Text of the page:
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The 2,000th pilot has graduated through the F-35 training system, the aircraft’s manufacturer, Lockheed Martin, announced on 24 April 2023.

The pilot in question was Major Chris ‘Blade’ Jeffers, who completed his training at Luke Air Force Base (AFB) in Arizona and will operate the F-35A for the US Air Force.

“The most rewarding part of training is just seeing what I can do now in the F-35 compared to the F-16,” Major Jeffers was quoted as saying in a Lockheed Martin press release. “The situational awareness and capabilities that the F-35 offers would take multiple F-16s.”

“From the first day of class to their final flight, Lockheed Martin works in lockstep with pilots from all services and nations part of the F-35 program to ensure all skills are perfected and every flight is a safe one,” the company stated. “Once a pilot graduates from the F-35 training program they will come back to the simulator to conduct additional training and prepare for missions as needed. Utilising simulations reduces cost and overall wear to the jets, allowing fleets to stay mission-ready and pilots to maintain their skills.”

US Air Force Major Chris Jeffers, a 62nd Fighter Squadron pilot, poses in front of an F-35A Lightning II at Luke AFB on 17 April 2023, shortly after becoming the 2,000th F-35 pilot to graduate on the aircraft. (Photo: USAF)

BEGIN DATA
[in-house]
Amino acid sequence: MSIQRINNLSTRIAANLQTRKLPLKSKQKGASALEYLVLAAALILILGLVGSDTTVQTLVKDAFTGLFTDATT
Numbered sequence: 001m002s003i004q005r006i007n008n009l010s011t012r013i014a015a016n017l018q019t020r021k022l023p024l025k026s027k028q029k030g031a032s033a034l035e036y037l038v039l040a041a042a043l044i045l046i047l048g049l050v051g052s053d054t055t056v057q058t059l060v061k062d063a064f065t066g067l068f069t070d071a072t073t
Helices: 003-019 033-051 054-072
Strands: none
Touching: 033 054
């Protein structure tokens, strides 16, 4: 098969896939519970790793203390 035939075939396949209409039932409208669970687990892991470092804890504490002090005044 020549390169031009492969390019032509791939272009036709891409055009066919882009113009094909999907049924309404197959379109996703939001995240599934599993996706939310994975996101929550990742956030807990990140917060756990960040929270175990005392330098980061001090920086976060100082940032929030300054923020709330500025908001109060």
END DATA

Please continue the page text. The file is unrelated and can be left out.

The training load borne by simulators is significant for the F-35 as there are no two-seat conversion training versions of the aircraft.

Given the F-35’s fifth-generation capabilities, such as stealth, advanced sensors, sensor fusion and networking capabilities, pilots are required to master new competencies compared with fourth-generation aircraft. Lockheed Martin asserts that it is using simulation to redefine how pilots train to provide the range of experience they need to maximise the capabilities of the F-35 and conduct every flight safely.

“Today, there are over 2,000 pilots and over 14,000 maintainers trained from 10 nations: the United States, United Kingdom, Italy, Netherlands, Norway, Australia, Israel, Japan, South Korea, and Denmark,” Lockheed Martin stated. “With 24 current training bases and sights set on 32 total by 2025, the number of F-35 pilots and maintainers will continue to increase for years to come.”

Peter Felstead